We're all stuck in our 5km worlds for now, so travelling and experiencing other cultures has to be done vicariously through The Ryan Tubridy Show.
For the past few weeks, Ryan’s been hearing from Irish people living abroad about their lives in pandemic times away from th’aul sod. On Wednesday, he spoke to photographer and videographer Cat Gundry Beck, who’s been living in Iceland for the past two years. Cat is in Reykjavik for the landscape, which is definitely photographic:
"It’s a very harsh, volcanic landscape, but it’s also very alive, so there’s all these, you know, bubbling mud pots just out in the nature and all these steam things rising from the ground. It’s just a beautiful place, really unusual."
One of Iceland’s main dishes is called kjötsúpa – Cat describes it as a meat soup that’s apparently very similar to Irish stew. This titbit led Ryan to wonder whether there were any connections between Iceland and Ireland. A lot, according to Cat:
"So actually the first settlers in Iceland were Irish monks. And then the Vikings went and took a lot of Irish people and brought them over to Iceland. So I really see it in the culture here – the sense of humour, the sense of community. It’s really similar."
Cat’s found it very easy to get into Icelandic culture, she told Ryan, especially when you start learning the language. And as anybody who has even a passing acquaintance with the music of Sigur Rós will tell you, Icelandic sounds like a really hard language to learn.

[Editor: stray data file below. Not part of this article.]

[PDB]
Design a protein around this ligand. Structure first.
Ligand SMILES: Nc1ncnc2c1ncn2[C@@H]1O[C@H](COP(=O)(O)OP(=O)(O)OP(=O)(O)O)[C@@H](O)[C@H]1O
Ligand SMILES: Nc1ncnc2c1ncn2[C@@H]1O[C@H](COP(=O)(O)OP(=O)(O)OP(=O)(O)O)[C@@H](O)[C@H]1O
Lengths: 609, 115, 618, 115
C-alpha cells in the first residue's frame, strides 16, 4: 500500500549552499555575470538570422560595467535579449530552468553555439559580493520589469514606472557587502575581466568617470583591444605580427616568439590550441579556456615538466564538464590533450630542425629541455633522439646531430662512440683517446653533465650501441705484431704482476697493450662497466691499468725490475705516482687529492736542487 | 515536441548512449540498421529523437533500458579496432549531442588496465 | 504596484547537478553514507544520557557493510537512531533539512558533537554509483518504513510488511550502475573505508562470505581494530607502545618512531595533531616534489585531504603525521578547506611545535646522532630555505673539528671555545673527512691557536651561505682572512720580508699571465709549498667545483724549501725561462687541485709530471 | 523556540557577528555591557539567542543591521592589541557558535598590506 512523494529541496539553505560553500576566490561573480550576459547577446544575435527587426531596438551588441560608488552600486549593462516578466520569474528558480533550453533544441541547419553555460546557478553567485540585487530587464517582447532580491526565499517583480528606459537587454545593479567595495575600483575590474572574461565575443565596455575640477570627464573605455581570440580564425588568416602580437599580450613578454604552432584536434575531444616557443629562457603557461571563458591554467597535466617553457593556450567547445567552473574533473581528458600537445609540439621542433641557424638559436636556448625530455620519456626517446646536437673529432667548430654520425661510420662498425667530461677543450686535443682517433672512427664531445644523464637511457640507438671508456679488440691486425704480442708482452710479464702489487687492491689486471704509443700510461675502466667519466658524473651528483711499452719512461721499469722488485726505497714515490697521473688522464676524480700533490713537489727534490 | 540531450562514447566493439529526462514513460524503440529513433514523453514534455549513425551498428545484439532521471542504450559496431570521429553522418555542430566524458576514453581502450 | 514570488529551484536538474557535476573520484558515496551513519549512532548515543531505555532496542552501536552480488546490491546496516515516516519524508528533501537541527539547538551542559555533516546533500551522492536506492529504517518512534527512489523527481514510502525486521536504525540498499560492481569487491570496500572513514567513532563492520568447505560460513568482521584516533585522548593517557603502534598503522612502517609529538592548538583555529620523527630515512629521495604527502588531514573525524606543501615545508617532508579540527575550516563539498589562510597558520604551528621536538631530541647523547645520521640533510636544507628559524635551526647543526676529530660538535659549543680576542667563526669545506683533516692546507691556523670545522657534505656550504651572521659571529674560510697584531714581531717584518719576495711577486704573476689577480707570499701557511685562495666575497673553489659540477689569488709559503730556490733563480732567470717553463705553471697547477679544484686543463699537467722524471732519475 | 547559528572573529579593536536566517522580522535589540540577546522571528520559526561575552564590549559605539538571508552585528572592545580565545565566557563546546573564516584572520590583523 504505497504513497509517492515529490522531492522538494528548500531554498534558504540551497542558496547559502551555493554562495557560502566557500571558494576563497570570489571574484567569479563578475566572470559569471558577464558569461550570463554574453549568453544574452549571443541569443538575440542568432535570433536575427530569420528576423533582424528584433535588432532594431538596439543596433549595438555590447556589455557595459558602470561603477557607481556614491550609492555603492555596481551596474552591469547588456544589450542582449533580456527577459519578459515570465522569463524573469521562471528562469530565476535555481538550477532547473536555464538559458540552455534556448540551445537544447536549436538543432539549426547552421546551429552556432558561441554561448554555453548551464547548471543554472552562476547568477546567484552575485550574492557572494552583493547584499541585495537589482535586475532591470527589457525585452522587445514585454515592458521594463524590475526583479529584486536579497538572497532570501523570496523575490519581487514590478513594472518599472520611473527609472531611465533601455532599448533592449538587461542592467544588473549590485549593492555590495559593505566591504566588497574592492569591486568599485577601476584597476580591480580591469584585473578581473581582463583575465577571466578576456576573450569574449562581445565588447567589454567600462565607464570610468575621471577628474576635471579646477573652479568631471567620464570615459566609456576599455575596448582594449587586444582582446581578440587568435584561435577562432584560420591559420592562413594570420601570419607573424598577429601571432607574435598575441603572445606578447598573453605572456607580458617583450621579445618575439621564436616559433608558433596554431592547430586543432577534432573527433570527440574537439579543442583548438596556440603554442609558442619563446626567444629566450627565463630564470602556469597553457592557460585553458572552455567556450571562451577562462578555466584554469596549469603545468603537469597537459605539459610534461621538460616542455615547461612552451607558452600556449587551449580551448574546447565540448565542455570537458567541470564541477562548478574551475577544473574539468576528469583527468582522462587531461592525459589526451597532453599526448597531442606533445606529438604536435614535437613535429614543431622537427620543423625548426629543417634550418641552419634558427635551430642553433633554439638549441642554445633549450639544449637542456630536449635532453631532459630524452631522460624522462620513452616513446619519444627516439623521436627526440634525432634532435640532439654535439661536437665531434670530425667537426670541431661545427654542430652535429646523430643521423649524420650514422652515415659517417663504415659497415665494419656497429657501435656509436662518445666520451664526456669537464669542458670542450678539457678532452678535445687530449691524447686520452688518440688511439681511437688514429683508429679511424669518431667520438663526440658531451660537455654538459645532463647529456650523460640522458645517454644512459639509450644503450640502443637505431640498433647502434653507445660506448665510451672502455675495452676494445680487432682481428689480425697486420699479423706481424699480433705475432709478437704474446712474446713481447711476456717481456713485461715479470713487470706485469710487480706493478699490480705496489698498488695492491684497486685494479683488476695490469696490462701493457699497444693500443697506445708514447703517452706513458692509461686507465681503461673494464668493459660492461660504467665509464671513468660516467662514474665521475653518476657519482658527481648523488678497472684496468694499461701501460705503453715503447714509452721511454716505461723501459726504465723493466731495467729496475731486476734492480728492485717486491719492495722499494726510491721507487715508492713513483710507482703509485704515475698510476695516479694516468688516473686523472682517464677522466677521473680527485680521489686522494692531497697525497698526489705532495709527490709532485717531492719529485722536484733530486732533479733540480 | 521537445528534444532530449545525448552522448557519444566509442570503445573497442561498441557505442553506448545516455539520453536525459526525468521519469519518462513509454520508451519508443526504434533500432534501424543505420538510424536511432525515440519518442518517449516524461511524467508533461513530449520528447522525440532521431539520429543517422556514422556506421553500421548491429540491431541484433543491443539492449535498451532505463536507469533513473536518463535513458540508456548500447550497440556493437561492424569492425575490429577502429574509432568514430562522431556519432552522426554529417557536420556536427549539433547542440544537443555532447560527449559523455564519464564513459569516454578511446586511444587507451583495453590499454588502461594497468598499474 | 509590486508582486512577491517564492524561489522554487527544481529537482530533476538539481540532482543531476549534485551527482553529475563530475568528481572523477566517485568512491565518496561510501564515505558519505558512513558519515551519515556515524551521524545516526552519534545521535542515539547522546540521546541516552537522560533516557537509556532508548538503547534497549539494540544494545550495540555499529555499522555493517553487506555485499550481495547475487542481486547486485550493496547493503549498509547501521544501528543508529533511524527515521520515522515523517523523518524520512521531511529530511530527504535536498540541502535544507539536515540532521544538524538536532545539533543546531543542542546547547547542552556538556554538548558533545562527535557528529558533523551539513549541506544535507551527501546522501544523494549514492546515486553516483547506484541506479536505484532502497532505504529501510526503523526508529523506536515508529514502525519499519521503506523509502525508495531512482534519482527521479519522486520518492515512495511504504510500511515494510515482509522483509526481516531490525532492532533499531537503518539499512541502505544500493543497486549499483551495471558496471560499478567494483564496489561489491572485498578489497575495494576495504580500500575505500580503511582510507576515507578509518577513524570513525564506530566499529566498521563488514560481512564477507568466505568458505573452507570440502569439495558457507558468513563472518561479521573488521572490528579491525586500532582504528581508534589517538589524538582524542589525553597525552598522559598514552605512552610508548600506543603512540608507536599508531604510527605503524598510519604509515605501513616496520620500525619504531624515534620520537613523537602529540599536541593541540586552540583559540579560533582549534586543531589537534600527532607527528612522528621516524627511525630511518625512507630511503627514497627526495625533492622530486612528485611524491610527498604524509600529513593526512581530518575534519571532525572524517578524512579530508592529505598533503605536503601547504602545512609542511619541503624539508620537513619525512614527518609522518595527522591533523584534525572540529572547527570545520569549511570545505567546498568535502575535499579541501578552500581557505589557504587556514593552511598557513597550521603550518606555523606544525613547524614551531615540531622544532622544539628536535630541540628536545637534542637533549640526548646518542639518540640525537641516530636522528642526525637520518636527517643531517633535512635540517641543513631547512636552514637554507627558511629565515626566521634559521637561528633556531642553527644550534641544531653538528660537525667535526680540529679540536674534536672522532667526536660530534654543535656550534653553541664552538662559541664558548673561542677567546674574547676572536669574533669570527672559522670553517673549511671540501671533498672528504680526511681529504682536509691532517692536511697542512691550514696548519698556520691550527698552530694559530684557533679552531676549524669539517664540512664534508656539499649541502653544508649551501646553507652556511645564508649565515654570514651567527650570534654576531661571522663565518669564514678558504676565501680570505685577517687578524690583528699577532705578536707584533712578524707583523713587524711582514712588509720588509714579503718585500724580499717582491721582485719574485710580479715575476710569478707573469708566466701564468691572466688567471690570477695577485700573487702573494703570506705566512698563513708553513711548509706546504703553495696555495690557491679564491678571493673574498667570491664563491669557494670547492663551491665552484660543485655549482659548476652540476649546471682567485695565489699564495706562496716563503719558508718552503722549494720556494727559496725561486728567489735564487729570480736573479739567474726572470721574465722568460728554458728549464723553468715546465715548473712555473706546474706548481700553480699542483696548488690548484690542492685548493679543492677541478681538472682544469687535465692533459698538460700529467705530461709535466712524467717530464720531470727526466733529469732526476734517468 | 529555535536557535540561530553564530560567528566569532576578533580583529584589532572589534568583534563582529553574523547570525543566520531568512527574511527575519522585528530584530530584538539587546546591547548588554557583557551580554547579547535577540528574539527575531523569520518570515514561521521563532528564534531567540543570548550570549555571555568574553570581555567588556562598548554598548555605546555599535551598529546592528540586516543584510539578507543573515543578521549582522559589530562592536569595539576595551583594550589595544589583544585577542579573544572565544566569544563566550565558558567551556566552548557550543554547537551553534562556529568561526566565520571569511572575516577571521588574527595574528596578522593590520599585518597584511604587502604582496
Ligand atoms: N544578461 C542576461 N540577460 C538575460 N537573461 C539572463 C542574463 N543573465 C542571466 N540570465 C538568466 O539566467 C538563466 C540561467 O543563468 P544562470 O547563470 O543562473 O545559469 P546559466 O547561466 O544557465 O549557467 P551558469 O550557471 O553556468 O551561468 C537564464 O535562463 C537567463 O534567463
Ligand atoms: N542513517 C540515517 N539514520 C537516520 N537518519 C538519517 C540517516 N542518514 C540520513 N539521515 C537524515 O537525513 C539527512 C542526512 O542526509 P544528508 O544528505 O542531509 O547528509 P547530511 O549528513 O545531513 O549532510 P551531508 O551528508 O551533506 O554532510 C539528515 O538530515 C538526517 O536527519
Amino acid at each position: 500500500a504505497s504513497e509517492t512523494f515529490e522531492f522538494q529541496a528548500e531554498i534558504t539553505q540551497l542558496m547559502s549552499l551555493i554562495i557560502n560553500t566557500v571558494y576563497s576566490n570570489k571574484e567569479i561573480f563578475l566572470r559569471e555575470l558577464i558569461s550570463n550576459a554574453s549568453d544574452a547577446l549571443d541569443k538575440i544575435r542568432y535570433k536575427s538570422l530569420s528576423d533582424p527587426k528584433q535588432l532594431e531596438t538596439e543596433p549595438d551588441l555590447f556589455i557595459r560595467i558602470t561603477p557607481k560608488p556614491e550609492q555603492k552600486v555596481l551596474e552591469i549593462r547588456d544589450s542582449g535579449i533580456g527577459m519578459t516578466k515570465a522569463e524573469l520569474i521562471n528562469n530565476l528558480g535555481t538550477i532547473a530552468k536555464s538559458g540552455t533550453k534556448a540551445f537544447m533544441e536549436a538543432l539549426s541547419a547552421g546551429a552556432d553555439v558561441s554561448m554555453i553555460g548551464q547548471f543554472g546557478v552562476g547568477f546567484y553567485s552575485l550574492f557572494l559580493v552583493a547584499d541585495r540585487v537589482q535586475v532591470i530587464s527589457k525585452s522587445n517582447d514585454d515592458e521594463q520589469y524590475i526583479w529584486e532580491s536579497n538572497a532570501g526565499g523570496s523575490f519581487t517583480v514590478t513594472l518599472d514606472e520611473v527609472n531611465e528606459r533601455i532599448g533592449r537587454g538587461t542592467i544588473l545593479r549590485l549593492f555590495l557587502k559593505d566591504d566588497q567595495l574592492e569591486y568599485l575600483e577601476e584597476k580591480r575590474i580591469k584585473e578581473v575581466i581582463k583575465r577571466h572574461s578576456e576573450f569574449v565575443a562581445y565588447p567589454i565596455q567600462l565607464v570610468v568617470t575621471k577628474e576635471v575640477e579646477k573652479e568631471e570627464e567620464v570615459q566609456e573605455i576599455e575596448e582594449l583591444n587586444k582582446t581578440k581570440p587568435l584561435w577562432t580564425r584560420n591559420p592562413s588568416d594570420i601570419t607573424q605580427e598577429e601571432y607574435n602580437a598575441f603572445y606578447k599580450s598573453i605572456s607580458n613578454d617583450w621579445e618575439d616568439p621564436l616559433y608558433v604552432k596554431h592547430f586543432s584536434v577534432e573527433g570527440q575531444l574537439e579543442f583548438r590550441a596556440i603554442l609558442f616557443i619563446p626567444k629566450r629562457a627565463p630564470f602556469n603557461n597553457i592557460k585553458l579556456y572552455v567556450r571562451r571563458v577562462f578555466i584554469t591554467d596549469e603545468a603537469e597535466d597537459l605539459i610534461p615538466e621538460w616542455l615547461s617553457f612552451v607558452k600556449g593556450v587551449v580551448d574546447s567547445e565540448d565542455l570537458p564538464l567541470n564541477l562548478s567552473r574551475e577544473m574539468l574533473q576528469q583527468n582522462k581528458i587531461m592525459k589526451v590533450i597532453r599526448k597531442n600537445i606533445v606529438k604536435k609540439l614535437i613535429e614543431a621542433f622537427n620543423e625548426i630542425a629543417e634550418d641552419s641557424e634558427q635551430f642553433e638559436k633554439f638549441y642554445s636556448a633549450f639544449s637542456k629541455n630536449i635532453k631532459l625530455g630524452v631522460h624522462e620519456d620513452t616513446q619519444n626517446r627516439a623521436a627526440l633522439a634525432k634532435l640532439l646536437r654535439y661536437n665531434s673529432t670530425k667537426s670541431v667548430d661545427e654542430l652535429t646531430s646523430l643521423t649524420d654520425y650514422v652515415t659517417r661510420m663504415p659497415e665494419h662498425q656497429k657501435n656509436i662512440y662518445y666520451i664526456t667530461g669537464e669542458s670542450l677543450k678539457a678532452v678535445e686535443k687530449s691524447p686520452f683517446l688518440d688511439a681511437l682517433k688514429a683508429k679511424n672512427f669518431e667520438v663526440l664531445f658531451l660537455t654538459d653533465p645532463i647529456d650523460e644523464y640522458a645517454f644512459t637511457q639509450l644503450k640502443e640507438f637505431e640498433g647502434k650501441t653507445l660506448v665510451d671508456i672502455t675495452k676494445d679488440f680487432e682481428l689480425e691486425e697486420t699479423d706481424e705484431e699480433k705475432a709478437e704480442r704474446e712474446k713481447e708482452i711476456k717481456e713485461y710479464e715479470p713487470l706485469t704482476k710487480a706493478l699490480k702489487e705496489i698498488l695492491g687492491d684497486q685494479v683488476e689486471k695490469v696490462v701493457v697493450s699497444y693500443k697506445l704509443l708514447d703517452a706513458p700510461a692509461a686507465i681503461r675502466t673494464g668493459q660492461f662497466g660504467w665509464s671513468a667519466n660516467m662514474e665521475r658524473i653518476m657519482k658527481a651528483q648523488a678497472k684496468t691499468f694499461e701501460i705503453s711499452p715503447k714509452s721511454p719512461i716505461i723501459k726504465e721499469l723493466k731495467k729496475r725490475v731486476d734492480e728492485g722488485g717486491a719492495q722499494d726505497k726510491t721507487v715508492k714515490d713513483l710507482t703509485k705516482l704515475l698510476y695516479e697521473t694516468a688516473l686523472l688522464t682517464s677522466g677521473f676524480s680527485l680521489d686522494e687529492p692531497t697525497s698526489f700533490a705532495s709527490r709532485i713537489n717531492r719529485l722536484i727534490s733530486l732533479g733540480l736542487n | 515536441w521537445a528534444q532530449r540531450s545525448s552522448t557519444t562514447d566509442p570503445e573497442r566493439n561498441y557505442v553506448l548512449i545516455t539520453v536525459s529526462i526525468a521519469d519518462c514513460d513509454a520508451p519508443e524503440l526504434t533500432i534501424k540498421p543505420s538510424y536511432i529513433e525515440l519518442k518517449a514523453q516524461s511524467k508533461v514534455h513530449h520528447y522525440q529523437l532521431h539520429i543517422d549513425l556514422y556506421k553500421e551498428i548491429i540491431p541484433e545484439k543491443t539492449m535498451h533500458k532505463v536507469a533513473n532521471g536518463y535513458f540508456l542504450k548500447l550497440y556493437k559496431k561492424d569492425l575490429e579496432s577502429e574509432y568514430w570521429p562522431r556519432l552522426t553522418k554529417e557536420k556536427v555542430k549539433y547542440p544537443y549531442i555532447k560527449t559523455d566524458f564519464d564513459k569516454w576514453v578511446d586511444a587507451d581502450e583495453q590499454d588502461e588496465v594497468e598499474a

"It’s very difficult. It’s a very difficult language grammatically, but I’m getting there."
Cat joined a choir and she has an agreement that for the two hours a week she’s with them, they will all only speak and sing in Icelandic. And they have sung with Iceland’s Eurovision entry from 2019, Hatari. Sadly, Cat doesn’t mention whether they got the leather bondage gear on for the session with the choir or not.
Iceland’s experience with Covid-19 has been milder than Ireland’s, judging by what Cat has seen:
"There’s only two people in isolation at the moment with Covid. And then we had 1,084 cases. But there was a lot of testing done in the country. So, it was one of the most tested countries in the world."
People in Iceland, Cat says, are very familiar with lockdown procedures, given that the country experiences pretty severe ice storms in winter and people have to stay indoors for days at a time. But the restaurants are open and the choirs are still singing, so they’re further along the road than we are.
You can hear Ryan and Cat’s full chat, including the importance of forgetting your yoghurt, by clicking here.